Red Oaks and White Oaks — and a Halloween Reminder

During the second half of October, my attention is often on tree leaves during my walks in Detroit’s Eliza Howell Park. Recently I collected a leaf each from some of the oak trees that grow in the park and made a small photo collection.

Oak leaves rarely have brilliant Fall colors. My attention is, instead, on the variety of oaks present.

There are dozens of different oak species native to Eastern North Anerica, but it is usually not necessary to know the precise species of an individual tree. As long as I can accurately place it in one of the two major groups of North American oaks (the Red Oaks and White Oaks), I know quite a lot about the tree.

The differences between the Red and White families are significant and more important than the differences from one species to another within a group.

* The acorns of White Oaks mature in one growing season and germinate in the Fall. Red Oak acorns take two years and germinate in the Spring.

* Deer reportedly prefer eating White Oak acorns; Wood Ducks prefer Red Oak acorns. In Eliza Howell Park, the Blue Jays I watch harvesting acorns spend most of their time in Red Oak trees.

* Red Oaks grow faster than White Oaks; White Oaks grow larger and live longer.

* Both Red Oak and White Oak are hardwoods, with White Oak rated a little higher on the hardness chart.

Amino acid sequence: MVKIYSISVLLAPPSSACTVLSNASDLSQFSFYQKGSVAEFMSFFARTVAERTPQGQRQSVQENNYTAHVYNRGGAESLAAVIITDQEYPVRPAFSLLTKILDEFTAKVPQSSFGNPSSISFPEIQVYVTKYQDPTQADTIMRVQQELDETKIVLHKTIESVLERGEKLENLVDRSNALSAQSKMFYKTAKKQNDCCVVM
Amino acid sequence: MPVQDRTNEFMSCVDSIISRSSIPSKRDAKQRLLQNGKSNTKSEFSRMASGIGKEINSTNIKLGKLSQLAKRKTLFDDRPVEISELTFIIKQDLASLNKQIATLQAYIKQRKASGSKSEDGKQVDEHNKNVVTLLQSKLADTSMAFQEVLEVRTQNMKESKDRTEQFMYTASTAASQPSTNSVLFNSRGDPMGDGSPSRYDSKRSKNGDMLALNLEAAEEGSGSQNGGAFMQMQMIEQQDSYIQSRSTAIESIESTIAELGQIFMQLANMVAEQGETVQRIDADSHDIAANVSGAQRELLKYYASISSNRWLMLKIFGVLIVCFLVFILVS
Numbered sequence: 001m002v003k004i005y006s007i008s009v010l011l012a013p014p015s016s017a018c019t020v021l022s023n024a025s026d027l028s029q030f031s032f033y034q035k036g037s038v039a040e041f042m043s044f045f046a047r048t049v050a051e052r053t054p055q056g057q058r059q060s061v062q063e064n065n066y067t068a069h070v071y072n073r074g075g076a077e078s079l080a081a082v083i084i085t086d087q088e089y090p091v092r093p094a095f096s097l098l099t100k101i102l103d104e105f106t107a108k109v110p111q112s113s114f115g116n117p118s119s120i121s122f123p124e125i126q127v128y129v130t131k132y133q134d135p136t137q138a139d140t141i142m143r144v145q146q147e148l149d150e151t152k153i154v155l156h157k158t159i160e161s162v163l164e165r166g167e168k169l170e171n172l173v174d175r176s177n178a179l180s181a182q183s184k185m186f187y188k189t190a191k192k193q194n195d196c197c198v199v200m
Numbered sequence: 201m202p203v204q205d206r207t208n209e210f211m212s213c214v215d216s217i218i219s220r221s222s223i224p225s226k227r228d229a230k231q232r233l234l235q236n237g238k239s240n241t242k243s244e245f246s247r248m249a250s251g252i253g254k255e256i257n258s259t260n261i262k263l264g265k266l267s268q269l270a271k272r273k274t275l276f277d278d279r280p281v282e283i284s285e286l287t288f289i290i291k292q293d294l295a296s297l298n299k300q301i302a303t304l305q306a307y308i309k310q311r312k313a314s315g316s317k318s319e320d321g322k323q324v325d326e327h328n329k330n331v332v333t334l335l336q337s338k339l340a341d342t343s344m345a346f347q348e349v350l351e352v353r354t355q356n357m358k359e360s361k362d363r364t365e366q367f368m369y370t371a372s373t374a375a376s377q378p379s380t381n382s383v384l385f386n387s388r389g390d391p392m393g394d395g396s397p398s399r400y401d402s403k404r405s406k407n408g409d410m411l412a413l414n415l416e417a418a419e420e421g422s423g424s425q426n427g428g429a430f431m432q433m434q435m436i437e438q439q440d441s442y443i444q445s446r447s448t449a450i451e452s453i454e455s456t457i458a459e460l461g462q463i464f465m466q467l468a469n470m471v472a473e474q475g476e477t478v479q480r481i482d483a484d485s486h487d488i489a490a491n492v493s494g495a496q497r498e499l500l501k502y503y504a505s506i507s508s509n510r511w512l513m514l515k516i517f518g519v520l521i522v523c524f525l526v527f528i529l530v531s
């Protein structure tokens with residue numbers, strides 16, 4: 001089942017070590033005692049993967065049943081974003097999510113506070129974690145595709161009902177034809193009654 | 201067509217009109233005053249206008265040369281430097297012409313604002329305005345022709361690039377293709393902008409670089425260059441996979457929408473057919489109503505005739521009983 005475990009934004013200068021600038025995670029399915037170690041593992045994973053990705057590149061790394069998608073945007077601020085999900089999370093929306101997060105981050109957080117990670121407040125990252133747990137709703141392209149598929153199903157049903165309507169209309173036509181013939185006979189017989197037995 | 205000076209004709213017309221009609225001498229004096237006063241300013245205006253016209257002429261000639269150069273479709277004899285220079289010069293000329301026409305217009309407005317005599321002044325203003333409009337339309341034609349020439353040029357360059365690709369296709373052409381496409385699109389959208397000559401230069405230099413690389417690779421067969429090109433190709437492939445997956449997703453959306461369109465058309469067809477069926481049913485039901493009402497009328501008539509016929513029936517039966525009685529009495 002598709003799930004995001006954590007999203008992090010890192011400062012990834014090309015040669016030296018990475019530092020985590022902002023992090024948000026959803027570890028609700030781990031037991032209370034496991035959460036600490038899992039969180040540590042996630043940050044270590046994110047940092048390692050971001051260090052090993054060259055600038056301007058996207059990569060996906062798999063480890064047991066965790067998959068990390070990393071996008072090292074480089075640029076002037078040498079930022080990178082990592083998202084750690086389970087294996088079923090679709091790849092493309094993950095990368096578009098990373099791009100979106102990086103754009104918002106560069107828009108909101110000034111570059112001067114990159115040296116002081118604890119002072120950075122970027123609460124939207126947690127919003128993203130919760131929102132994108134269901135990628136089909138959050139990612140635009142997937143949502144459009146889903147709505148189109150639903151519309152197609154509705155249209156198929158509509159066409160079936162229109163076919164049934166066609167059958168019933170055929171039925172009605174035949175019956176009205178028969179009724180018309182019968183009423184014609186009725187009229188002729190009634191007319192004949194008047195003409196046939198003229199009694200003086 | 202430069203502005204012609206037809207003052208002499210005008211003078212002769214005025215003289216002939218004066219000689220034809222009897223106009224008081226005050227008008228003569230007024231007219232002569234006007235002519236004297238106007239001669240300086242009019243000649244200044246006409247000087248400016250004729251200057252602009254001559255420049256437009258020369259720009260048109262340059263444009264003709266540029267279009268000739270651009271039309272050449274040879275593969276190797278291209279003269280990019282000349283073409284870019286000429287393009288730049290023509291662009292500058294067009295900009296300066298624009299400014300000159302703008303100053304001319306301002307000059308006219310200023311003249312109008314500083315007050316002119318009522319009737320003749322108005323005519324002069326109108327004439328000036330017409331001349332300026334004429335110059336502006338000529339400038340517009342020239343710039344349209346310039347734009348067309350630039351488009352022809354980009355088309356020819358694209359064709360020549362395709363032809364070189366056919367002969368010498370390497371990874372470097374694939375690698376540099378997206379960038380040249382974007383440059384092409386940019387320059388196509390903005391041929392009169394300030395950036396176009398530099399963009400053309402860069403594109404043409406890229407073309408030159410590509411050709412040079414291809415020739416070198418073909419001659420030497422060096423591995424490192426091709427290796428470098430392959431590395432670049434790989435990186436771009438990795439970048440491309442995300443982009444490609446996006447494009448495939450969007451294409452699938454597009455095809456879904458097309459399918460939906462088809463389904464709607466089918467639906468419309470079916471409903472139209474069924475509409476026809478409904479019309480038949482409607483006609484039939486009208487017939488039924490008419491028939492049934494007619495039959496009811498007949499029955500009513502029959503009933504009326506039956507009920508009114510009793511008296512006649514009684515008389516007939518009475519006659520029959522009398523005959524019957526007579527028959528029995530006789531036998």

One way of identifying whether an individual tree is in the Red Oak or the White Oak group is by the bark. White Oak bark has more furrows and ridges than Red Oak.

Bur Oak (a White Oak)
Pin Oak (a Red Oak)

Here are the same two trees, placed side by side.

White Oak on left; Red Oak on right

Most people, definitely including myself, tell the difference by the leaves. The leaves of White Oaks typically have smooth or rounded edges on the lobes. Red Oak leaves usually have pointy tips at the end of the lobes.

The 8 leaves in the next two collages are from trees that I would identify as White Oaks.

The above can be compared to the leaves of Red Oaks — the next 2 four packs.

Distinguishing between the two types of oaks by leaves is much easier, in my opinion, than by the bark. The simple question is whether the lobes are pointed or more rounded.

On different occasions in the last several years, individuals on nature walks have indicated that they knew that the leaves of one oak group were pointed and that the leaves of the other were not, but that they didn’t remember which is which!

While thinking about a memory aid that I could suggest two years ago at this time of the year, I walked past Halloween decorations in a neighborhood yard, decorations that included a graveyard symbol.

When trying to remember which oak group has pointed leaves, one can think of this Halloween symbol. For tree identification purposes, “R I P” means “Red is pointed.

If leaves are present, most oak species can fairly easily be identified as either Red or White. Of course, a general guideline is a just a general guideline. There are exceptions.

Here are two species in Eliza Howell that required that I identify the species first before I could know the group.

Shingle Oak – a Red Oak
Chinkapin Oak – a White Oak

“Oak” is a type of tree that most of us hear about early in life and have some basic familiarity with. But, as with so much else that one encounters on repeated nature walks, there is always more to learn and appreciate.

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